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Math Help - functions

  1. #1
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    functions

    let me ask you this one..

    we got f(x), g(x), in both there is differentiation.

    for all x, we know:  f'(x)*g(x)  g'(x)*f(x)

    we also know there are: f(a)=f(b)=0

    we need to prove that there is a point 'c', in zone [a,b], which gives us g(c)=0.

    please help !
    Last edited by dannee; June 30th 2010 at 02:14 PM.
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  2. #2
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    Hi

    Suppose there exists no c in zone [a,b], which gives us g(c)=0

    Consider h(x) = \frac{f(x)}{g(x)}

    h is therefore defined and differentiable for all x in [a,b] ...
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  3. #3
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    firstly thanks for your response.

    let's see if i got it right.

    based on Rolle, we say there is f'(d)=0 on [a,b]

    then we say, h(x)=f(x)/g(x)  ,  h(x)  f'(x)/g'(x)

    but this could not be, because we have f(a)=0 , f'(d)=0 both in zone [a,b]

    am i right ??
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  4. #4
    Senior Member jakncoke's Avatar
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    Quote Originally Posted by dannee View Post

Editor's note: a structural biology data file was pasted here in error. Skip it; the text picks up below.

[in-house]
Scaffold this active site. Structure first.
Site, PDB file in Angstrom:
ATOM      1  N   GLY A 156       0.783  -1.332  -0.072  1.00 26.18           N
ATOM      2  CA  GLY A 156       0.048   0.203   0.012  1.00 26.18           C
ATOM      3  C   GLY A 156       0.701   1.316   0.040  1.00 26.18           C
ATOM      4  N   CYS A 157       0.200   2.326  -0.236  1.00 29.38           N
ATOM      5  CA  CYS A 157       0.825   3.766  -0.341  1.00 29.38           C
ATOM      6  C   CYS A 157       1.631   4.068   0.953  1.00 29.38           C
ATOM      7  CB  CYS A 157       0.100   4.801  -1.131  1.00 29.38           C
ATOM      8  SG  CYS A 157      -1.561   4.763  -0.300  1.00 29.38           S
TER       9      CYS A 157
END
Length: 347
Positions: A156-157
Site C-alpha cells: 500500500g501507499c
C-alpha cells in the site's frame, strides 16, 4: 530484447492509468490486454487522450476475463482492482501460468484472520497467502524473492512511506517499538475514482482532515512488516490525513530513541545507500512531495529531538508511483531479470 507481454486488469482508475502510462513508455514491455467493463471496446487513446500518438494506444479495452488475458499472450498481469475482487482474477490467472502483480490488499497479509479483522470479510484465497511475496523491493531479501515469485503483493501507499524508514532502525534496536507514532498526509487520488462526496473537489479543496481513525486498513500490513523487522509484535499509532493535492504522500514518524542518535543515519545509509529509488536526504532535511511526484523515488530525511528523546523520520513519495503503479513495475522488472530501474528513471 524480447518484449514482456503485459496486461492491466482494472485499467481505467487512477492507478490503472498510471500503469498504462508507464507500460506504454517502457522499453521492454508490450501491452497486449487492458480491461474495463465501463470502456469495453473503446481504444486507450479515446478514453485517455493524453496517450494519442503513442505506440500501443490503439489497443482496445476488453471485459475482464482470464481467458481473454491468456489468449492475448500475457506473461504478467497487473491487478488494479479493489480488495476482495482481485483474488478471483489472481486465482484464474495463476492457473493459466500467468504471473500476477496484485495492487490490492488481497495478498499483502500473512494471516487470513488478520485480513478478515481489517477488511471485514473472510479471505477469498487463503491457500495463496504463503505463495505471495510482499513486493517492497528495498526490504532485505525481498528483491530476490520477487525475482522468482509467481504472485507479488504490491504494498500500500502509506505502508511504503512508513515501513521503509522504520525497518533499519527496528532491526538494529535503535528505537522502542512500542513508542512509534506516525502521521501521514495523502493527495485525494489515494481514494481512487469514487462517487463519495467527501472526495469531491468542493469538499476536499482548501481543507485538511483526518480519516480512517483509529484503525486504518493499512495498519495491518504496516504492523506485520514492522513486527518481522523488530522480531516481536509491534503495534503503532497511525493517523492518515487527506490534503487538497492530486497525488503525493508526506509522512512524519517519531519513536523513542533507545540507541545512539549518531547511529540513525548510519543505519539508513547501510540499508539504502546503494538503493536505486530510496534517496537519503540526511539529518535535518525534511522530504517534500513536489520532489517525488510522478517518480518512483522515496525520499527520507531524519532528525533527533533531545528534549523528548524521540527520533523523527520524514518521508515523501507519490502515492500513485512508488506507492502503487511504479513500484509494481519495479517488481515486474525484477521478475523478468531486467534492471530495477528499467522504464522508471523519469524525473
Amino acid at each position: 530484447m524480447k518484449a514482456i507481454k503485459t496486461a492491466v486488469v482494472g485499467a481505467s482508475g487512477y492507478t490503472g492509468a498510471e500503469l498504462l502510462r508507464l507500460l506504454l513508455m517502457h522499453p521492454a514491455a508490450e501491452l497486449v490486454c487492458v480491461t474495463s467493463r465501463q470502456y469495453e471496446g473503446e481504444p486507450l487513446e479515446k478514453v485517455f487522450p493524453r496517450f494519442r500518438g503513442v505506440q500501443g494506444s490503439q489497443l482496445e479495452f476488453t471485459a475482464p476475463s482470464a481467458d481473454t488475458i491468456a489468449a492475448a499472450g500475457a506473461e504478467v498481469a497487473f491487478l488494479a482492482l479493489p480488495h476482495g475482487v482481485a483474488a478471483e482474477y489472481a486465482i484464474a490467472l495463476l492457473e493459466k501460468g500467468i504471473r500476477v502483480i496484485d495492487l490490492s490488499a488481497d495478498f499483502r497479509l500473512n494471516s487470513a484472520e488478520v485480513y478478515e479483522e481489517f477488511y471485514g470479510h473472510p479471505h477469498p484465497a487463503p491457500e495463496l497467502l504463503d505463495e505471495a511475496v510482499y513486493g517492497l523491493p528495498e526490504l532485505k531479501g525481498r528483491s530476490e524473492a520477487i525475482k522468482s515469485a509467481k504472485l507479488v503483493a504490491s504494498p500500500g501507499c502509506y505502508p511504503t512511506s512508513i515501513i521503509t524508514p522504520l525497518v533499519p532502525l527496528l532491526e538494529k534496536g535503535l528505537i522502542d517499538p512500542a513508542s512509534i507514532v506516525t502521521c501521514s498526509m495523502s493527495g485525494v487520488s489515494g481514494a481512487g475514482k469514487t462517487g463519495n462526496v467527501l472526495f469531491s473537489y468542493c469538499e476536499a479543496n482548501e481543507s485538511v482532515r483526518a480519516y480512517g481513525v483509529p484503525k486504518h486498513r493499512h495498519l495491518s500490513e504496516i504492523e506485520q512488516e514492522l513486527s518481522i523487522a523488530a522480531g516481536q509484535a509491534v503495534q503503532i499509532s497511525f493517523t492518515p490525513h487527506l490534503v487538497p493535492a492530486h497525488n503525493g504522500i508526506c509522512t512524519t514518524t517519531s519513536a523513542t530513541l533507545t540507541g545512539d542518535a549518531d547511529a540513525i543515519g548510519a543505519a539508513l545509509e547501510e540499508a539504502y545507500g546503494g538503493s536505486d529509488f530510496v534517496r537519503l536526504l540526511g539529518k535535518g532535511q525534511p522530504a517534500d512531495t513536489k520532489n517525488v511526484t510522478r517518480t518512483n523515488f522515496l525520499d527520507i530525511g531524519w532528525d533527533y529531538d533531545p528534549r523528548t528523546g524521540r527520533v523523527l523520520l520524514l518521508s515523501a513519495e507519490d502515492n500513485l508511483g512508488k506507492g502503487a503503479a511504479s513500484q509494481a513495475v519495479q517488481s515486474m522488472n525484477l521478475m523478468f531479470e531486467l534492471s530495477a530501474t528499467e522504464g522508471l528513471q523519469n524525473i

firstly thanks for your response.

    let's see if i got it right.

    based on Rolle, we say there is f'(d)=0 on [a,b]

    then we say, h(x)=f(x)/g(x)  ,  h(x)  f'(x)/g'(x)

    but this could not be, because we have f(a)=0 , f'(d)=0 both in zone [a,b]

    am i right ??
    sorry i don't follow ur argument. But here is another hint adding to what running-gag said, if  h(x) = f(x)/g(x) then  h'(x) = \frac{g(x)f'(x) - g'(x)f(x)}{g(x)^2} what does the numerator remind you of?
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  5. #5
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    it means h'(x) is a monotonic function, but i don't know how to go from there
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  6. #6
    Senior Member jakncoke's Avatar
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    Quote Originally Posted by dannee View Post
    it means h'(x) is a monotonic function, but i don't know how to go from there
    h(a)=0=h(b) use a special theorem to derive a contradiction.
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  7. #7
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    got it, thank you very much
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